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Secure Data Storage and Retrieval in the Cloud. Bhavani Thuraisingham, Vaibhav Khadilkar, Anuj Gupta, Murat Kantarcioglu and Latifur Khan. Agenda. Motivating Example Current work in related areas Our approach Contributions of this paper System architecture Experimental Results

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secure data storage and retrieval in the cloud

Secure Data Storage and Retrieval in the Cloud

Bhavani Thuraisingham, Vaibhav Khadilkar, Anuj Gupta, Murat Kantarcioglu and Latifur Khan

agenda
Agenda
  • Motivating Example
  • Current work in related areas
  • Our approach
    • Contributions of this paper
    • System architecture
  • Experimental Results
  • Conclusions and Future Work
motivating example
Motivating Example
  • Current Trend: Large volume of data generated by Twitter, Amazon.com and Facebook
  • Current Trend: This data would be useful if it can be correlated to form business partnerships and research collaborations
  • Challenges due to Current Trend: Two obstacles to this process of data sharing
    • Arranging a large common storage area
    • Providing secure access to the shared data
motivating example1
Motivating Example
  • Addressing these challenges:
    • Cloud computing technologies such as Hadoop HDFS provide a good platform for creating a large, common storage area
    • A data warehouse infrastructure such as Hive provides a mechanism to structure the data in HDFS files. It also allows adhoc querying and analysis of this data
    • Policy languages such as XACML allow us to specify access controls over data
    • This paper proposes an architecture that combines Hadoop HDFS, Hive and XACML to provide fine-grained access controls over shared data
current work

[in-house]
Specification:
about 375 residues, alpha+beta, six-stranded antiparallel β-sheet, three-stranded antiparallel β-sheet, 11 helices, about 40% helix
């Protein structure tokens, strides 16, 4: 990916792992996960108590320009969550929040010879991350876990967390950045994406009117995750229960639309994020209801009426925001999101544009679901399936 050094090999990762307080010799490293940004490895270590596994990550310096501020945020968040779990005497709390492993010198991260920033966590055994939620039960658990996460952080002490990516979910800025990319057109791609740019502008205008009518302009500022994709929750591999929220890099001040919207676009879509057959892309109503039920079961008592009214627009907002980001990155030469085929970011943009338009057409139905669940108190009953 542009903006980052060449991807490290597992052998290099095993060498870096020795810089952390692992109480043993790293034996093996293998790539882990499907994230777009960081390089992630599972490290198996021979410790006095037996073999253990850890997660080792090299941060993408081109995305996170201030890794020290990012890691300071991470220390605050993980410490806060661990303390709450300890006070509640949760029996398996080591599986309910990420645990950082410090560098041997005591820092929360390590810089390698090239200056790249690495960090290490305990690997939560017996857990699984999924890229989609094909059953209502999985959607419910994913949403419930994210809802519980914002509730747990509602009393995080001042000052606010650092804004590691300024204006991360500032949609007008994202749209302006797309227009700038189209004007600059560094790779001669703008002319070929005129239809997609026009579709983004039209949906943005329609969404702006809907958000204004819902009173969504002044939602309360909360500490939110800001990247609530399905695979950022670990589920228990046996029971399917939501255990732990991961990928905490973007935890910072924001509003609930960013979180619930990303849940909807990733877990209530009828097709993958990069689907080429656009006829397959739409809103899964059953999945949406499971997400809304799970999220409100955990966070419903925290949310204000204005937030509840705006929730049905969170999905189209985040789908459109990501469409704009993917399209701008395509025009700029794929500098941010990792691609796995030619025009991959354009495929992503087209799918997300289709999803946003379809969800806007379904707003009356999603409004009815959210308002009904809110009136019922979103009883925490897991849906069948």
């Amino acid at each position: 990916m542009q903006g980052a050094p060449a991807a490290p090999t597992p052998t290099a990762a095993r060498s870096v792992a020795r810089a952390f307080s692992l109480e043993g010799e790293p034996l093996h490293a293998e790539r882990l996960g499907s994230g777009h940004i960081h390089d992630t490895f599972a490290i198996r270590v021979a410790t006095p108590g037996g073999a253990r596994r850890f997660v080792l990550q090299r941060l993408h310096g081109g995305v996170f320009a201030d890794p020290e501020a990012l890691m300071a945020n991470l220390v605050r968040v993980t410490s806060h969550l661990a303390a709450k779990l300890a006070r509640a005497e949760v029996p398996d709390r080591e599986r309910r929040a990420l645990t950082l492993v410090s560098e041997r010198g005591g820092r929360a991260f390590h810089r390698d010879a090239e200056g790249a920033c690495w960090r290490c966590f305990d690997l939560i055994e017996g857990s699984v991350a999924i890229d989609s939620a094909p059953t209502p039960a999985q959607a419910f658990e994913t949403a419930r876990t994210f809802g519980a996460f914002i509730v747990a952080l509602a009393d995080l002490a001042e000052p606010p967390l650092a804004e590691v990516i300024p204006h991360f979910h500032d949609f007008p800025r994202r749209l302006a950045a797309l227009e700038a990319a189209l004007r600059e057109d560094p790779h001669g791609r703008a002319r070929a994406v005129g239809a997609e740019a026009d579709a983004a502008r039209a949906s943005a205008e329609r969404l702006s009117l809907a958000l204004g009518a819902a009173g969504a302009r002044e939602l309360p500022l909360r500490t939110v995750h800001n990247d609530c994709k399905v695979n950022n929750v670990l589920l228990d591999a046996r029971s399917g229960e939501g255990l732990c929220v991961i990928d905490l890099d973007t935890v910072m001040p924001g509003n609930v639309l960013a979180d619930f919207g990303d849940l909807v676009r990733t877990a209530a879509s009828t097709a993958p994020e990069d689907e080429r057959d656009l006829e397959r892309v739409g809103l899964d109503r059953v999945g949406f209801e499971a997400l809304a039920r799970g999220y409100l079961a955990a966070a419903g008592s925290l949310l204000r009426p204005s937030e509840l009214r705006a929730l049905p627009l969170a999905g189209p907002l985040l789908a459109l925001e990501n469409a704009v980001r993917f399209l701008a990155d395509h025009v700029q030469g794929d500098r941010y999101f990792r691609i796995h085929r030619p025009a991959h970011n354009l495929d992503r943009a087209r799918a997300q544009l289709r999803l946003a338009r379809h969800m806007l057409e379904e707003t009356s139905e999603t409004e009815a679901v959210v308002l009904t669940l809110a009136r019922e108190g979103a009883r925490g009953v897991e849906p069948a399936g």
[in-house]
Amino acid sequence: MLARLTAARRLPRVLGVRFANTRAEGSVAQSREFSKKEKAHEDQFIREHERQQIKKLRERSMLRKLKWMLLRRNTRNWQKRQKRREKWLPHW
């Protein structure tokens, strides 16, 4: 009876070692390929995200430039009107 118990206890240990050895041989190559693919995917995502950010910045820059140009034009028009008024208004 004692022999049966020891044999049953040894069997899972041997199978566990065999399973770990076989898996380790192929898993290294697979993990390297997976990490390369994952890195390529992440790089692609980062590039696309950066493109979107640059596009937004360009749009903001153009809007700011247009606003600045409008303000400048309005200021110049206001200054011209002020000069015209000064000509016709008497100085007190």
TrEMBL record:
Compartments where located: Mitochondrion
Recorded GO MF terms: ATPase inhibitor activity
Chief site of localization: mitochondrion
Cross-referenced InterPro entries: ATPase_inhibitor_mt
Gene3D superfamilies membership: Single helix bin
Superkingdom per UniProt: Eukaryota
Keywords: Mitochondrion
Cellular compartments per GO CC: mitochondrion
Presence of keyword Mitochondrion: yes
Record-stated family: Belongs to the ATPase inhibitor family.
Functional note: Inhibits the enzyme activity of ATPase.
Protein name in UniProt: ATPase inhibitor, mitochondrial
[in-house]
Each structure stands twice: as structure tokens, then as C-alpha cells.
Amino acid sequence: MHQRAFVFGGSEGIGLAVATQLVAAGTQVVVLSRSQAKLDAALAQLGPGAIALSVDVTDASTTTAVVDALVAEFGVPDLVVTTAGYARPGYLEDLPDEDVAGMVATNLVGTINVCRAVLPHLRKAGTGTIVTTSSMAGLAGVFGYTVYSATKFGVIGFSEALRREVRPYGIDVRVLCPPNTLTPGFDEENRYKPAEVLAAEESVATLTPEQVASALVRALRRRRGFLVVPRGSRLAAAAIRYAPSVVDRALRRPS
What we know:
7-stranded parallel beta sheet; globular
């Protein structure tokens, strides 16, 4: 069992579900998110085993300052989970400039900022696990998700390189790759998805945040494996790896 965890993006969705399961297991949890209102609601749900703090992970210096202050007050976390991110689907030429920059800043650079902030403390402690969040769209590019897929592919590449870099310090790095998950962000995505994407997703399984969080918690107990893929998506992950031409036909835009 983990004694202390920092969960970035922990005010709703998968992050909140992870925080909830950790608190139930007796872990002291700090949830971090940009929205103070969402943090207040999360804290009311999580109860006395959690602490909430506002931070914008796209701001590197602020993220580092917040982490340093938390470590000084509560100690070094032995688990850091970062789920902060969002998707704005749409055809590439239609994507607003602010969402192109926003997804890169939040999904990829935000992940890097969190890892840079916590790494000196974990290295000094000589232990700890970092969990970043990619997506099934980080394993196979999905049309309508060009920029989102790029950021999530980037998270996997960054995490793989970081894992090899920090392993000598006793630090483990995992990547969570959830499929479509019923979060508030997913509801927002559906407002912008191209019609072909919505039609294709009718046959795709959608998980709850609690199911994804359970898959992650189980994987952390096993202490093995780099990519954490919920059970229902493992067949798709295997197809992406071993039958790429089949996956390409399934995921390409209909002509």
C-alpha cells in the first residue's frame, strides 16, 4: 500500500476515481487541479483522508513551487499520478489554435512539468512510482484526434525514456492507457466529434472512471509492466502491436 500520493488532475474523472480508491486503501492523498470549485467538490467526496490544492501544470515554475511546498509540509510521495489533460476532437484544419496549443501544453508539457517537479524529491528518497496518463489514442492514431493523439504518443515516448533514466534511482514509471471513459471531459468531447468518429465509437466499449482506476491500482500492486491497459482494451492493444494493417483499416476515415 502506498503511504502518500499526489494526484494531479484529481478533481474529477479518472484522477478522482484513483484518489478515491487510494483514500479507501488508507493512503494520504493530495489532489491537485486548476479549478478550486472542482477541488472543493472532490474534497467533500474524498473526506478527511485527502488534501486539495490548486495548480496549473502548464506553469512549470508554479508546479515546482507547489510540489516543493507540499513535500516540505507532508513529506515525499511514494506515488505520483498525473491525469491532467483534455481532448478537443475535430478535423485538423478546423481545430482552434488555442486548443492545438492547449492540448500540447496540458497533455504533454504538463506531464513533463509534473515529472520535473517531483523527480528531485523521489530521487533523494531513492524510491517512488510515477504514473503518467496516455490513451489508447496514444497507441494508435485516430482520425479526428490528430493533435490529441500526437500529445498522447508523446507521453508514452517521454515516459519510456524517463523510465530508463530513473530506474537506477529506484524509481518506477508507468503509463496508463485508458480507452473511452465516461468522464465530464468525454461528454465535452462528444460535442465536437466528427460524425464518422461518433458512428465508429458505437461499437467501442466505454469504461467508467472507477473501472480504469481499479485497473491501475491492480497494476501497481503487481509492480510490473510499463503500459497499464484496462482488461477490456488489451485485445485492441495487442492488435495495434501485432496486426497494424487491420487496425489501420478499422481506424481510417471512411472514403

Current Work
  • Work has been done on security issues with cloud computing technologies
    • Hadoop v0.20 proposes solutions to current security problems with Hadoop
    • This work is in its inception stage and proposes simple access control list (ACL) based security mechanism
  • Our system adds another layer of security above this security
  • As the proposed Hadoop security becomes robust it will only strengthen our system
current work1
Current Work
  • Amazon Web Services (AWS) provide a web services infrastructure platform in the cloud
  • To use AWS we would need to store data in an encrypted format since the AWS infrastructure is in the public domain
  • Our system is “trusted” since the entire infrastructure is in the private domain
current work2
Current Work
  • The Windows Azure platform is an Internet-scale cloud computing services platform
  • This platform is suitable for building new applications but not to migrate existing applications
  • We did not use this platform since we wanted to port our existing application to an open source environment
  • We also did not want to be tied to the Windows framework but allow this system to be used on any platform
contributions of this paper
Contributions of this paper
  • Create an open source application that combines existing open source technologies such as Hadoop and Hive with a policy language such as XACML to provide fine-grained access control over data
  • Ensure that the new system does not create a performance hit when compared to using Hadoop and Hive directly
system architecture web application layer
System Architecture - Web Application Layer
  • This layer is the only interface provided by our system to the user
  • Provides different functions based on a user’s permissions
    • users who can query the existing tables/views
    • users who can create tables/views and define policies on them in addition to being able to query
    • an “admin” user who in addition to the above can also assign new users to either of the above categories
  • We use the salted hash technique to store usernames/passwords in a secure location
system architecture zql parser layer
System Architecture - ZQL Parser Layer
  • ZQL is a Java based SQL parser
  • The Parser layer takes as input a user query and continues to the Policy layer if the query is successfully parsed or returns an error message
  • The variables in the SELECT clause are returned to the Web application layer to be used in the results
  • The tables/views in the FROM clause are passed to the Policy evaluator
  • The parser currently supports SQL DELETE, INSERT, SELECT and UPDATE statements
system architecture xacml policy layer
System Architecture - XACML Policy Layer
  • XACML Policy Builder
    • Tables/Views are treated as resources for building policies
    • We use a table/view to query-type mapping

table1 SELECT INSERT

view1 SELECT

to create policies using Sun’s XACML implementation